I do enjoy setting mine by the book, the trouble is that I sometimes forget which book :grimacing:

It's possible to clock a 16H through the centre timing hole using a 20mm reach gauge.

Dial-Gauge

Re: M20 Timing in Degrees

[' there are so many published timing settings for the 16H that three out of four are incorrect even by the standards of the day....they can only be regarded as a starting point.']

'Here's your new Norton Sir, we advise you make up your valve guide clearances and ignition and valve timing settings as you go along..'...Ian:laughing:

email (option): ian@wright52.plus.com

Re: M20 Timing in Degrees

Sad, but true Ian...It seems to have been the Norton mentality...Before the Great War, when the 16H was the top sporting model, it was possible to pay extra for a BS or BRS...meaning the engine had been ridden round Brooklands in excess of 80mph by Dan O'Donovan in a slave frame...What no-one seemed to complain about was that the punter buying a standard model was guaranteed a slow one !

The valve timing can be set very accurately on the 16H though as the crank pinion has three offset keyways, each a third of a tooth different...Of course the factory never marked which one they'd used !:thinking_face:

Re: M20 Timing in Degrees

""Of course the factory never marked which one they'd used !""

What would be the reason behind that?? Just thinking: like BSA with its marked camwheels, its teeth has to be cut very accurately in relation to the cam. And for the crankshaft pinion the same, its teeth needs to be positioned in accurate relation to the keyway.

I can imaging that in case of the Norton with a choice of several keyways on its crankpinion this accurate positioning might not be necessary; no matter how the teeth are cut: the valve timing can always be close enough approached by chosing the correct keyway...???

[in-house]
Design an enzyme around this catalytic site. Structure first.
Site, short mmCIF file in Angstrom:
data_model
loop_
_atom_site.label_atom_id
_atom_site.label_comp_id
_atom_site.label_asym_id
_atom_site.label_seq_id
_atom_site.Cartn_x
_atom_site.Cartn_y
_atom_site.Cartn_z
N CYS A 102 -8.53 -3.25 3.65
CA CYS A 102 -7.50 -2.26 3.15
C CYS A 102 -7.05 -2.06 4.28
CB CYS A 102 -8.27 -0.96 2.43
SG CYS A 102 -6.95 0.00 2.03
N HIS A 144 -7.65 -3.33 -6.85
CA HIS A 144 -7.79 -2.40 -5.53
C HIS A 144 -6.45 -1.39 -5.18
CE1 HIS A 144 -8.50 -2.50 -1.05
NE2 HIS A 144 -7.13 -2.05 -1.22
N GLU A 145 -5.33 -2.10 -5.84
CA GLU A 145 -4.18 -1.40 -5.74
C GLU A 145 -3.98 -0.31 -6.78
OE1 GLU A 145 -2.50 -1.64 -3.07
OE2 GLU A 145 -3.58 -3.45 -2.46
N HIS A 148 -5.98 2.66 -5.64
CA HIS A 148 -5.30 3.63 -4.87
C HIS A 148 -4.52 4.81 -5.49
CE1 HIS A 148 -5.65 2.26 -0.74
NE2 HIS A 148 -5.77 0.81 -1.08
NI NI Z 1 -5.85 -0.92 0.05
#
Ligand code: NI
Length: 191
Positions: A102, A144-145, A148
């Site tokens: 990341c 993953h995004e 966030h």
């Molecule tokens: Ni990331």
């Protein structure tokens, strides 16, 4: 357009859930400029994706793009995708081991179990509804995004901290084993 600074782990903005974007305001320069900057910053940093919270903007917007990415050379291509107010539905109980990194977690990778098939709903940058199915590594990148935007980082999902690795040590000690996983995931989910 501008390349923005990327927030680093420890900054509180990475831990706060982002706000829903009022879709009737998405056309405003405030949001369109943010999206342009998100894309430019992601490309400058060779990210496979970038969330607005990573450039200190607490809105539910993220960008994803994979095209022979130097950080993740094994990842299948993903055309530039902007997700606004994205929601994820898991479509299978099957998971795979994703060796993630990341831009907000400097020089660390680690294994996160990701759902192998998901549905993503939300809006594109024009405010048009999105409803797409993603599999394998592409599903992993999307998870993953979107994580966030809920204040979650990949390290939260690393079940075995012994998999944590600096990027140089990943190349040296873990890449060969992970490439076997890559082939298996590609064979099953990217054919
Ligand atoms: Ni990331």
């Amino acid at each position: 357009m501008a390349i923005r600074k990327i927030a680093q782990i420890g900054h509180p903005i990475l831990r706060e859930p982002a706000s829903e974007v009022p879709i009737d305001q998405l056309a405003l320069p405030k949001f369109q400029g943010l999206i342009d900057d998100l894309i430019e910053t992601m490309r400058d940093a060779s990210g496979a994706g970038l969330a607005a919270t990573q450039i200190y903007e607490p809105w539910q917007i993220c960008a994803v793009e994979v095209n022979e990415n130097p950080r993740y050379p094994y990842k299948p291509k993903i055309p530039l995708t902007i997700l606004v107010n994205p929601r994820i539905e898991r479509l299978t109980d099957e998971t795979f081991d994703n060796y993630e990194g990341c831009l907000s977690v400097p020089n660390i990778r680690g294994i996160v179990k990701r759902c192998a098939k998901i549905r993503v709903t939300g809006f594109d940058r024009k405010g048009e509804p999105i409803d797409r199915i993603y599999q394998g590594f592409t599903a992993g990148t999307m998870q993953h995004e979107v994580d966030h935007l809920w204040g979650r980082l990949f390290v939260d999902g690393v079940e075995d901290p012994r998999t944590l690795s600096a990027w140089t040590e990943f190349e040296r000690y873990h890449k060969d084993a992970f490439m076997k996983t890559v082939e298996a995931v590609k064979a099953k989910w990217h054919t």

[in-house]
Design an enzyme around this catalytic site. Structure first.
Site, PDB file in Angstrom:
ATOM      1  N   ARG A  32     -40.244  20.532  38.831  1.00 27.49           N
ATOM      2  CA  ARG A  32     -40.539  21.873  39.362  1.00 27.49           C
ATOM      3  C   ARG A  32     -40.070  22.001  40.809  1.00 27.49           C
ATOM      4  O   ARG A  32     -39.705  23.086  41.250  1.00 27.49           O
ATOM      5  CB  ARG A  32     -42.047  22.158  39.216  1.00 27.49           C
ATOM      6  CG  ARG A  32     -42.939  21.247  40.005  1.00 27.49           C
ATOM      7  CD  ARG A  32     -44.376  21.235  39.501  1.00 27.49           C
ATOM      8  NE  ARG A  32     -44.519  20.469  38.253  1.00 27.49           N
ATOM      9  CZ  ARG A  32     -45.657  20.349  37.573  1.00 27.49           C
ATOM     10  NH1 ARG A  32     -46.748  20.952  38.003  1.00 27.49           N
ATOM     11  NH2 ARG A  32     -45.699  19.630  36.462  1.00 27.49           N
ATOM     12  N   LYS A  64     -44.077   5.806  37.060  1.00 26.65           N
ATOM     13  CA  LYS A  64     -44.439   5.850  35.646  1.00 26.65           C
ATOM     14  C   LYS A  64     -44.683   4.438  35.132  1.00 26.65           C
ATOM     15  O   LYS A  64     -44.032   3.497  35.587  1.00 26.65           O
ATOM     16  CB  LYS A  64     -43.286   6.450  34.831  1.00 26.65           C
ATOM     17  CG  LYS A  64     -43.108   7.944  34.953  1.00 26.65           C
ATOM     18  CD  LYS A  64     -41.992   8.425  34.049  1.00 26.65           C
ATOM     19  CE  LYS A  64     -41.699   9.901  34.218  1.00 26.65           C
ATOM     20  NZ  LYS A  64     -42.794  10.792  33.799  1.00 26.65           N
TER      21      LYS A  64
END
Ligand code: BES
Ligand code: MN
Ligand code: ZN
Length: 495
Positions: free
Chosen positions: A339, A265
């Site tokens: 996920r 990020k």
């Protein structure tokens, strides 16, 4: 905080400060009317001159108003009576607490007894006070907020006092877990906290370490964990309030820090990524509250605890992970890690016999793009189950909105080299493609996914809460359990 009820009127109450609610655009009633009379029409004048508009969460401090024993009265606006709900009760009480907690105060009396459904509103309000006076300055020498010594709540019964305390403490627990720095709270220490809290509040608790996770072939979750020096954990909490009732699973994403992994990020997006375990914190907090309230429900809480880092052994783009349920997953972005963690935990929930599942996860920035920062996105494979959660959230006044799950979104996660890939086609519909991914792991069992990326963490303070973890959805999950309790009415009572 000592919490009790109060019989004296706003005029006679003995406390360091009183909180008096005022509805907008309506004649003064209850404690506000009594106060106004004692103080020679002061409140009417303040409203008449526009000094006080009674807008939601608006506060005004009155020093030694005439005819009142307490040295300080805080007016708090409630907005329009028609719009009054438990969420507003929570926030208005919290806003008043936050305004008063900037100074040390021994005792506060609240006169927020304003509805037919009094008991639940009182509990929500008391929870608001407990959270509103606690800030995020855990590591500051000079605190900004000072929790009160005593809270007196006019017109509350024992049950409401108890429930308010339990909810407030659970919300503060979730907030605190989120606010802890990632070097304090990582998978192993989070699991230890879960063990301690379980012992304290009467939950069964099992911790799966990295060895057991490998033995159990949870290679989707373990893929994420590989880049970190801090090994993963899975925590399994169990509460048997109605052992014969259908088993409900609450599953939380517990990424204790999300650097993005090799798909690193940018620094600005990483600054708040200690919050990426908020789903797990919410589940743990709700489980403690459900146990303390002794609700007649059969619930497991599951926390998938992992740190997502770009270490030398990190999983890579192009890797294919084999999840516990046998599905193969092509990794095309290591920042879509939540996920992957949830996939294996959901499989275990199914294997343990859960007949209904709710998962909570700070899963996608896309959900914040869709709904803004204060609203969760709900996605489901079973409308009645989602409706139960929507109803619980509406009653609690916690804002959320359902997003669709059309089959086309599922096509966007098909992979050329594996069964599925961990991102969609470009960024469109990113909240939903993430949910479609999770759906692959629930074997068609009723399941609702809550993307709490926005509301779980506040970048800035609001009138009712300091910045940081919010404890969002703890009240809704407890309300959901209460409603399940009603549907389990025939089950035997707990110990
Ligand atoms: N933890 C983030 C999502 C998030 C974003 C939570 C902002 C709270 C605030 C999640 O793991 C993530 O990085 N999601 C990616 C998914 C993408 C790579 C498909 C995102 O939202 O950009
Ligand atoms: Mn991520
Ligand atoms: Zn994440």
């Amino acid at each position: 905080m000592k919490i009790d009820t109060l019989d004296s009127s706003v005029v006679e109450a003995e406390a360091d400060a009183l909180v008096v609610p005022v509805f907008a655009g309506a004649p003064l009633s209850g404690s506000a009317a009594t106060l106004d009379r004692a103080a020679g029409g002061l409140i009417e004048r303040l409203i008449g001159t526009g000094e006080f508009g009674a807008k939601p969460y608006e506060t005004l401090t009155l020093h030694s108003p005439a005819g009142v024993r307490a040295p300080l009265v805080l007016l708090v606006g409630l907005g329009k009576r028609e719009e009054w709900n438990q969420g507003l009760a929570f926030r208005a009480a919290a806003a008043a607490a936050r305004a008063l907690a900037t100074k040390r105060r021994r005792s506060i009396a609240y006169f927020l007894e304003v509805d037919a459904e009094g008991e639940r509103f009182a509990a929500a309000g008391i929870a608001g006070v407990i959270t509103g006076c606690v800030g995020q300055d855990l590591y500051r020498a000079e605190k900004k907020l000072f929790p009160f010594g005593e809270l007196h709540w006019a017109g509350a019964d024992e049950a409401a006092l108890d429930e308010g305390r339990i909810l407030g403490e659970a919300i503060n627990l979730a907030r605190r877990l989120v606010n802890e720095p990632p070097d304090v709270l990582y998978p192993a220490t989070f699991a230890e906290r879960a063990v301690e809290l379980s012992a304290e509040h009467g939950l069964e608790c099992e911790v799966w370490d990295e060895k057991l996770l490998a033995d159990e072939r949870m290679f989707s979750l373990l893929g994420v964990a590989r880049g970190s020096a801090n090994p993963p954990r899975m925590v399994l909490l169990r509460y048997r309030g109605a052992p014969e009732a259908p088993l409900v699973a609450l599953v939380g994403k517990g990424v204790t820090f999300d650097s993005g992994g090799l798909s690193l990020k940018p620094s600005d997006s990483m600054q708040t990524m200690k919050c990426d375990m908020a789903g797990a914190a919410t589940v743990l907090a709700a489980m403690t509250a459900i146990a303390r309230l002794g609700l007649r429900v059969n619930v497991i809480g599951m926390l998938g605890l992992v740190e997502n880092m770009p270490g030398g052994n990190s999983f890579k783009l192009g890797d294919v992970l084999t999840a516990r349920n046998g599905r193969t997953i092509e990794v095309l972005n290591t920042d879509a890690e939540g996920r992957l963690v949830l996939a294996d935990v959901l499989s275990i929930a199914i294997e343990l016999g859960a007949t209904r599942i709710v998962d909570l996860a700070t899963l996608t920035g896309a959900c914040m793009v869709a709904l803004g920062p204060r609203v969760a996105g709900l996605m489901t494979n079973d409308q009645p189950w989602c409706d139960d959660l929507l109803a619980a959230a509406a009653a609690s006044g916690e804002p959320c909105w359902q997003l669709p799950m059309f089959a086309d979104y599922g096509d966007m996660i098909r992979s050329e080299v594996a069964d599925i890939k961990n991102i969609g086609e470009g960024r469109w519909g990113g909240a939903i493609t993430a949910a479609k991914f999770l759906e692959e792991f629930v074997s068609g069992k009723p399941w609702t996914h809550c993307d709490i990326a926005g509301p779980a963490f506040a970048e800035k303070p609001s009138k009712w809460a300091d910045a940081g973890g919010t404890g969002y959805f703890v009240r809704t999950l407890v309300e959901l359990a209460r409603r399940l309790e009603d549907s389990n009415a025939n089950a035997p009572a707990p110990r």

Re: M20 Timing in Degrees

That may be true but what would be the benefit of cutting three keyways AND making the ignition timing more difficult to carry out for one engine...?...From a manufacturing point of view positioning the cam correctly in relation to the teeth, thus allowing the gear to be marked for setting wouldn't be a difficult engineering procedure...Most manufacturers did it...

I thought that maybe Norton used the same cam wheels in different engines with different cam profiles or cam timing and the different keyways would suit different applications (like Triumph)...

Triumph used '3 position wheels' as well and the SAME cam was set differently to produce the different performance characteristics of, for example, the T120 Bonneville and the TR6 Trophy....Ian

email (option): ian@wright52.plus.com

Re: M20 Timing in Degrees

The cams varied between OHV and SV, but the same crank pinion was used and although by the 1930s neither of these engines was being used for road racing, they were used for trials and it was probably part of the competition heritage aspect that owners expected to be able to fine-tune valve timing or to be able to use alternative cam grinds.

The pre-war manuals always refer to marked pinions...I've never seen any though.

Nieuwe pagina 1